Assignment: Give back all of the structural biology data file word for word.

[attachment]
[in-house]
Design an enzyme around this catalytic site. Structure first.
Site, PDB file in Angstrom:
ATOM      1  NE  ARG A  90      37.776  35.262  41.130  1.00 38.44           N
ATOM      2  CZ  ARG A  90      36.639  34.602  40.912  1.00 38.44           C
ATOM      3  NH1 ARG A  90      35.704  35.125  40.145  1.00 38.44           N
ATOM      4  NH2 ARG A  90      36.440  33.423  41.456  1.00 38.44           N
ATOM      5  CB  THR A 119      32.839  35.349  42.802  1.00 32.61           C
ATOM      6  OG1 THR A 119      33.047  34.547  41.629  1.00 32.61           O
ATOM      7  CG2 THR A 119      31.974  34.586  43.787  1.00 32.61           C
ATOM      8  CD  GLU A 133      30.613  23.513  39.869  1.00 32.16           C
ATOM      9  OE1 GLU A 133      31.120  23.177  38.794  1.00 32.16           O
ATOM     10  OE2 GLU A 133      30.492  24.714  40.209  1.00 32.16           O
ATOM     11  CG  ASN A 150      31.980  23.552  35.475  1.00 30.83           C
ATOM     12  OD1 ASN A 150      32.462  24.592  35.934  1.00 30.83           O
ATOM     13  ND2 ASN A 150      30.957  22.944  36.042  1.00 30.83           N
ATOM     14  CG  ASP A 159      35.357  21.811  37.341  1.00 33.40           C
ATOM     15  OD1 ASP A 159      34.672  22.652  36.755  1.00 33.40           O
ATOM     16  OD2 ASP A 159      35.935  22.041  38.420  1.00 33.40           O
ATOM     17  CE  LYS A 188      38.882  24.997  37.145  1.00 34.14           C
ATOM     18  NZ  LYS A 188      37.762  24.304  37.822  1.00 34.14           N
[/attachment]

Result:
[in-house]
Design an enzyme around this catalytic site. Structure first.
Site, PDB file in Angstrom:
ATOM      1  NE  ARG A  90      37.776  35.262  41.130  1.00 38.44           N
ATOM      2  CZ  ARG A  90      36.639  34.602  40.912  1.00 38.44           C
ATOM      3  NH1 ARG A  90      35.704  35.125  40.145  1.00 38.44           N
ATOM      4  NH2 ARG A  90      36.440  33.423  41.456  1.00 38.44           N
ATOM      5  CB  THR A 119      32.839  35.349  42.802  1.00 32.61           C
ATOM      6  OG1 THR A 119      33.047  34.547  41.629  1.00 32.61           O
ATOM      7  CG2 THR A 119      31.974  34.586  43.787  1.00 32.61           C
ATOM      8  CD  GLU A 133      30.613  23.513  39.869  1.00 32.16           C
ATOM      9  OE1 GLU A 133      31.120  23.177  38.794  1.00 32.16           O
ATOM     10  OE2 GLU A 133      30.492  24.714  40.209  1.00 32.16           O
ATOM     11  CG  ASN A 150      31.980  23.552  35.475  1.00 30.83           C
ATOM     12  OD1 ASN A 150      32.462  24.592  35.934  1.00 30.83           O
ATOM     13  ND2 ASN A 150      30.957  22.944  36.042  1.00 30.83           N
ATOM     14  CG  ASP A 159      35.357  21.811  37.341  1.00 33.40           C
ATOM     15  OD1 ASP A 159      34.672  22.652  36.755  1.00 33.40           O
ATOM     16  OD2 ASP A 159      35.935  22.041  38.420  1.00 33.40           O
ATOM     17  CE  LYS A 188      38.882  24.997  37.145  1.00 34.14           C
ATOM     18  NZ  LYS A 188      37.762  24.304  37.822  1.00 34.14           N